21st Annual Mount Hood Huckleberry
Festival & Barlow Trail
by Michael Jones
The Cascade Geographic Society’s very special 21st Annual
Mt. Hood Huckleberry Festival & Barlow Trail Days is slated Aug.
The festivities will be at Mt. Hood Village, 65000 East U.S.
Hwy 26, near the Village of Brightwood. This is a family-oriented
festival with no admission charge and free parking. It has now become
a popular family-oriented festival known not only for its abundance
of huckleberries, but also for its music. With a great working relationship
with such groups as the Portland Songwriters Association, the performers
at the Huck Fest are singer-songwriters who feature their own original
The festival begins early in the morning to accommodate the
huckleberry pancake breakfasts, and ends late in the evening for
the Huckleberry Evening Concerts. On Friday and Saturday, the hours
are from 8 a.m. to 10 p.m.; 8 a.m. to 5 p.m. on Sunday.
Once again, this year’s events will celebrate two special
anniversaries: The first attempted (but failed) crossing of Mt. Hood¹s
southern flank 160 years ago; and the opening of the first toll road
over the Cascade Mountain Range 159 years ago. With a toll of $5
per wagon, this overland route was fashioned out of an ancient Indian
trail and served as an overland route for emigrants who could not
pay the $50 fee to raft their wagon down the Columbia River. The
Mt. Hood Huckleberry Festival & Barlow Trail Days celebrates
the history and natural resources associated with Mt. Hood and the
“Festivals such as this one are ideal because people can enjoy
themselves while appreciating those very special things that nature
provides us, along with a fascinating history that is associated
with our natural landscapes,” explains Michael P. Jones of the Cascade
Geographic Society. “You can’t help but take a good look at
what all we have here in Oregon and the Northwest and know that we
are very lucky to have this heritage.
Holding this celebration on Mt. Hood is also very special
since this mountain is the symbol of Oregon, as well as the peak
serving as an important Cascadian representative of the Northwest.
Where else could you really celebrate our natural, historical, and
cultural resources with so many people from different walks of life
and age groups? Our heritage is not something that we can take for
granted because it will always be with us; these are things that
we must diligently protect.”
The Mt. Hood Huckleberry Festival & Barlow Trail Days
is actually a reincarnation of an earlier celebration that began
back in 1890 with the opening of the Welches Hotel in Welches. The
hotel, known as the Big House, was operated by 1840s Oregon Trail
emigrant, trading post operator and founder of this frontier settlement
along the Salmon River, Samuel Welch. He actually resembled the image
of that character who became known as Uncle Sam. Welch, along with
his son Billy, opened a campground along the Salmon River two years
prior to the hotel, sowing the seeds for the tourist industry on
This year’s festival will feature a wider selection of more
tasty products made from Oregon’s blue gold, wild huckleberries.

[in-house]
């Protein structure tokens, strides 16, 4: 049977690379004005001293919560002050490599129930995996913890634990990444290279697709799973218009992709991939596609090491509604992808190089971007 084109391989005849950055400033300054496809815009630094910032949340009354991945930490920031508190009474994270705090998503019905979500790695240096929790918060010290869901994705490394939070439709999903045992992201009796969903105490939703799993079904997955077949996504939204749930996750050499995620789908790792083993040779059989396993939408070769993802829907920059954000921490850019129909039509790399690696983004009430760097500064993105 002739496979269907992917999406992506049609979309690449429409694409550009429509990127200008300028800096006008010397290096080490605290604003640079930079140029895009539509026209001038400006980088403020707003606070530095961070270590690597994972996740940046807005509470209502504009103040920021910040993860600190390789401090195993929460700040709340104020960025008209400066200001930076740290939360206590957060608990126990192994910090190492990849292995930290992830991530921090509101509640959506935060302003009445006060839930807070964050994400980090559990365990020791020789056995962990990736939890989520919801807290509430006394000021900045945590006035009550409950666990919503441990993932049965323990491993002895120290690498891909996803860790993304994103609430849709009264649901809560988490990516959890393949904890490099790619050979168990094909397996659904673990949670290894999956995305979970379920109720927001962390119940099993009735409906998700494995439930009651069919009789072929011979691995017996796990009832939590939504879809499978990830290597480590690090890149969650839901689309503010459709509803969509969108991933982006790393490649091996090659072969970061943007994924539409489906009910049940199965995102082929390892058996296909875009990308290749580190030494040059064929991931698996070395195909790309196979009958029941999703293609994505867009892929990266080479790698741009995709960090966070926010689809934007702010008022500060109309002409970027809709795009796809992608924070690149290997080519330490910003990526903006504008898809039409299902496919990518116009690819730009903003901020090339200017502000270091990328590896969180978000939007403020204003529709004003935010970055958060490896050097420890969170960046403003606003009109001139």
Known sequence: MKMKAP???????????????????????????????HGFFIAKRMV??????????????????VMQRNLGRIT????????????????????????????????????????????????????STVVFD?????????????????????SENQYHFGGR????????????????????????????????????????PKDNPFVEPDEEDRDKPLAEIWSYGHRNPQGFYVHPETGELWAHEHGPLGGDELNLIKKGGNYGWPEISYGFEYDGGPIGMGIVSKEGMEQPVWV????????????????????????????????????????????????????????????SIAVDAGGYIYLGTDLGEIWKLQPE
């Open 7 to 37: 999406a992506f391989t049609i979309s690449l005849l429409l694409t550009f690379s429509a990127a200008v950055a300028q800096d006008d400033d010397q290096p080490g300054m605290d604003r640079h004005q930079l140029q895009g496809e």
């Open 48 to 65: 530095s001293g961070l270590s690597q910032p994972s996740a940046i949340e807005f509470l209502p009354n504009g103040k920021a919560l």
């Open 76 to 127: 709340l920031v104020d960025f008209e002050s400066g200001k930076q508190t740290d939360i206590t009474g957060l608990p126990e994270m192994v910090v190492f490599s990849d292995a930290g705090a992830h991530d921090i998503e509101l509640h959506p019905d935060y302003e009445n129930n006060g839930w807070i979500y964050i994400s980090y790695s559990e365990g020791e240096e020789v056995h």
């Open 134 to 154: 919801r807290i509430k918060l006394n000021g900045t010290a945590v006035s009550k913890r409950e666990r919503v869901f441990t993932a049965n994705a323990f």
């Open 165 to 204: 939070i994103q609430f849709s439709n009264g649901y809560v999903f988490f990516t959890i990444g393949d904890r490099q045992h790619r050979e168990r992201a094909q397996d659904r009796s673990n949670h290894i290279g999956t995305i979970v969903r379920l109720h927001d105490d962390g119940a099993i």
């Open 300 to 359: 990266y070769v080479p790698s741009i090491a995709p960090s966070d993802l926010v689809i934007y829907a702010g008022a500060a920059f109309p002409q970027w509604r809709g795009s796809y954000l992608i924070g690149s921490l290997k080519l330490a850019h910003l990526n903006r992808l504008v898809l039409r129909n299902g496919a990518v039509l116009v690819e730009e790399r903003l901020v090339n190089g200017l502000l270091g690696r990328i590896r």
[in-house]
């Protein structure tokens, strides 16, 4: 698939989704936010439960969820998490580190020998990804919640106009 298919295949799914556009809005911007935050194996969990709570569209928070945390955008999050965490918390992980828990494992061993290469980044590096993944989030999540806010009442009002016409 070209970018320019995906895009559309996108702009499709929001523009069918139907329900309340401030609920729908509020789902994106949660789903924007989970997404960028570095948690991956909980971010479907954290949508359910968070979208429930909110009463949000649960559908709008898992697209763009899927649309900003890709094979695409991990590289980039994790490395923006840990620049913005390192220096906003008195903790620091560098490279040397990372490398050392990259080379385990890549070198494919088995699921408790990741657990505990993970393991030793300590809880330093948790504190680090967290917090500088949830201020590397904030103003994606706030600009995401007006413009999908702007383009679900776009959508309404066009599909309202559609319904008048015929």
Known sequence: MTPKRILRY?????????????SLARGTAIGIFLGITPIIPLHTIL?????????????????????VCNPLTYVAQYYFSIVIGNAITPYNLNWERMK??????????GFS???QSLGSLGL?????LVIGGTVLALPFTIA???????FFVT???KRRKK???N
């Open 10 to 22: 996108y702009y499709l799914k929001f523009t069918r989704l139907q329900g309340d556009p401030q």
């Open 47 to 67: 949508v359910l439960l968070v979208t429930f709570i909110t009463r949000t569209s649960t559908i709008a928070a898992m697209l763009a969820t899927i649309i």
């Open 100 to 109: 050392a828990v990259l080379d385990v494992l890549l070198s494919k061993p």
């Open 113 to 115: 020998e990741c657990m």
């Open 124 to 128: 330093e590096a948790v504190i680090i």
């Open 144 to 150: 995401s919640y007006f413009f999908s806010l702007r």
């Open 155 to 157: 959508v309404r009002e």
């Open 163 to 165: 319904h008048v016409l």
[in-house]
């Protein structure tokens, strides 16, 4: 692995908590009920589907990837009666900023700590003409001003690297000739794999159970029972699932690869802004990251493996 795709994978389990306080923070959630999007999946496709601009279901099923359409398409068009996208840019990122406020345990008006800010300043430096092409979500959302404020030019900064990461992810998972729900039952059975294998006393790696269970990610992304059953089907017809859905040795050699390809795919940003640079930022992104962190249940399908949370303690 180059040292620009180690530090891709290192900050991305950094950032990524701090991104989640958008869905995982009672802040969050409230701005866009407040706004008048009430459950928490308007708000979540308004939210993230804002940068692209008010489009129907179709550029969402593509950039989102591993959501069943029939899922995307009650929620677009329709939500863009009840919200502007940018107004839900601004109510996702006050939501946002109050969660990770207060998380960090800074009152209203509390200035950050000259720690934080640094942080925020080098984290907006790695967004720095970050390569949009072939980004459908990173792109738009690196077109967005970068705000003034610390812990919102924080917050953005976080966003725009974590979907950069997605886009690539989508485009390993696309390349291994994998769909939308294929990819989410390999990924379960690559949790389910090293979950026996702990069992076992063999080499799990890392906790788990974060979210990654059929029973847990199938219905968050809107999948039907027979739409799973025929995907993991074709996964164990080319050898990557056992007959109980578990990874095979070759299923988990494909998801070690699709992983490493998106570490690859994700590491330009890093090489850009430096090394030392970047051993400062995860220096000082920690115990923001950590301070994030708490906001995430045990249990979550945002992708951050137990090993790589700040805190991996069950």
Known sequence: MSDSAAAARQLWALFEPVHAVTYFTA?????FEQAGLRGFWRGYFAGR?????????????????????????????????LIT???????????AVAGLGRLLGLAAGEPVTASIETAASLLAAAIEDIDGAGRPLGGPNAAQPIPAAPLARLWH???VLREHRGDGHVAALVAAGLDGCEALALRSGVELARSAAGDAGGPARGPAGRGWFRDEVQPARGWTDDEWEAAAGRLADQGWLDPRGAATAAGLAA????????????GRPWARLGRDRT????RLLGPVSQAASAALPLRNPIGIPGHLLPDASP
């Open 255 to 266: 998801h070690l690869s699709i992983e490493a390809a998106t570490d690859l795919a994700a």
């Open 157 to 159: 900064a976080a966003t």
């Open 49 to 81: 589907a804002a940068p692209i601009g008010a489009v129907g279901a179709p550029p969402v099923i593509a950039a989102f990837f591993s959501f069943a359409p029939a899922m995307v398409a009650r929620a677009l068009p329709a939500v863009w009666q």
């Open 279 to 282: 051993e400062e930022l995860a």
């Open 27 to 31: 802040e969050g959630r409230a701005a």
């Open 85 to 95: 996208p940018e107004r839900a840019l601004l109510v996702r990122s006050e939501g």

These not only include jam, syrup, candies, tea, milkshakes and tarts,
but also coffee, vinaigrette and barbecue sauce.
Music will also highlight the festival, beginning in the early
morning hours until it closes each evening. Some of the best singer-songwriters
from around the Northwest will take to the Great Northwest Music
Stage Friday and Saturday. These performers are coming from around
the Portland Metropolitan Area and beyond. This festival is also
the place for folks to purchase what are sometimes hard-to-find CDs
for their collection from these entertainers. The Friday evening
concert will feature three acts, the Saturday evening concert will
be a songwriters in the round. Performers to be featured are in the
process of selection.
All the music will be videotaped for cable access television.
Each of the performers will be featured in their own concert and
aired later in the year. There will be an estimated 20-plus concerts
to be televised. Music for the festival is co-sponsored by Positively
Entertainment & Dining and Advantage Communications.
On Saturday and Sunday, there will be Native American storytelling
with Indian dancing and drumming, bringing the myths and legends
back to life. Storyteller Michael P. Jones with the Cascade Geographic
Society, will perform. On Saturday at 6 p.m., a Huckleberry Ceremony
will bring the cultural and historical role of the wild huckleberry
into perspective. Native Americans will share songs and prayers associated
with this important natural resource, as well
as officiate over a traditional blessing of the berries. These will then be
shared with those in attendance.
A Native American salmon bake is also planned for the entire
three days. In addition, a special barbecue begins at 11 a.m. until
sold out. The Mt. Hood Huckleberry Festival & Barlow Trail Days
is part of the history of Mount Hood. For additional information,
contact Michael P. Jones at (503) 622-4798 or Nita Kreuzer at (503)658-6233.
Or, email at email@example.com. For still more details or regular updates,
be sure to check the website at